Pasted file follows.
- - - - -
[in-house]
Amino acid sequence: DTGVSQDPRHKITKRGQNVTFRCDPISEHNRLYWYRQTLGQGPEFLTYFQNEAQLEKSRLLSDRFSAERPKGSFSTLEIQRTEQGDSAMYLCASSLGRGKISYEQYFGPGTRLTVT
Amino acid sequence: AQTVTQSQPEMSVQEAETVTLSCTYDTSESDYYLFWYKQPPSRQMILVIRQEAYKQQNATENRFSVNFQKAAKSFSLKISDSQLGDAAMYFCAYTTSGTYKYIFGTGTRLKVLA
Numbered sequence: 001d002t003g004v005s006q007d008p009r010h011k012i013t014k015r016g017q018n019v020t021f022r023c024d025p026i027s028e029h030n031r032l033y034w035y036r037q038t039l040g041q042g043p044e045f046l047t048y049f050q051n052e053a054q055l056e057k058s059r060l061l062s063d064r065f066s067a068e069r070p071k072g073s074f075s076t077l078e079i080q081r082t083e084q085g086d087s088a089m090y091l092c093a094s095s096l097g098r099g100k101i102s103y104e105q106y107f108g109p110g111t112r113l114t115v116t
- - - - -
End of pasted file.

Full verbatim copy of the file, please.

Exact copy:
[in-house]
Amino acid sequence: DTGVSQDPRHKITKRGQNVTFRCDPISEHNRLYWYRQTLGQGPEFLTYFQNEAQLEKSRLLSDRFSAERPKGSFSTLEIQRTEQGDSAMYLCASSLGRGKISYEQYFGPGTRLTVT
Amino acid sequence: AQTVTQSQPEMSVQEAETVTLSCTYDTSESDYYLFWYKQPPSRQMILVIRQEAYKQQNATENRFSVNFQKAAKSFSLKISDSQLGDAAMYFCAYTTSGTYKYIFGTGTRLKVLA
Numbered sequence: 001d002t003g004v005s006q007d008p009r010h011k012i013t014k015r016g017q018n019v020t021f022r023c024d025p026i027s028e029h030n031r032l033y034w035y036r037q038t039l040g041q042g043p044e045f046l047t048y049f050q051n052e053a054q055l056e057k058s059r060l061l062s063d064r065f066s067a068e069r070p071k072g073s074f075s076t077l078e079i080q081r082t083e084q085g086d087s088a089m090y091l092c093a094s095s096l097g098r099g100k101i102s103y104e105q106y107f108g109p110g111t112r113l114t115v116t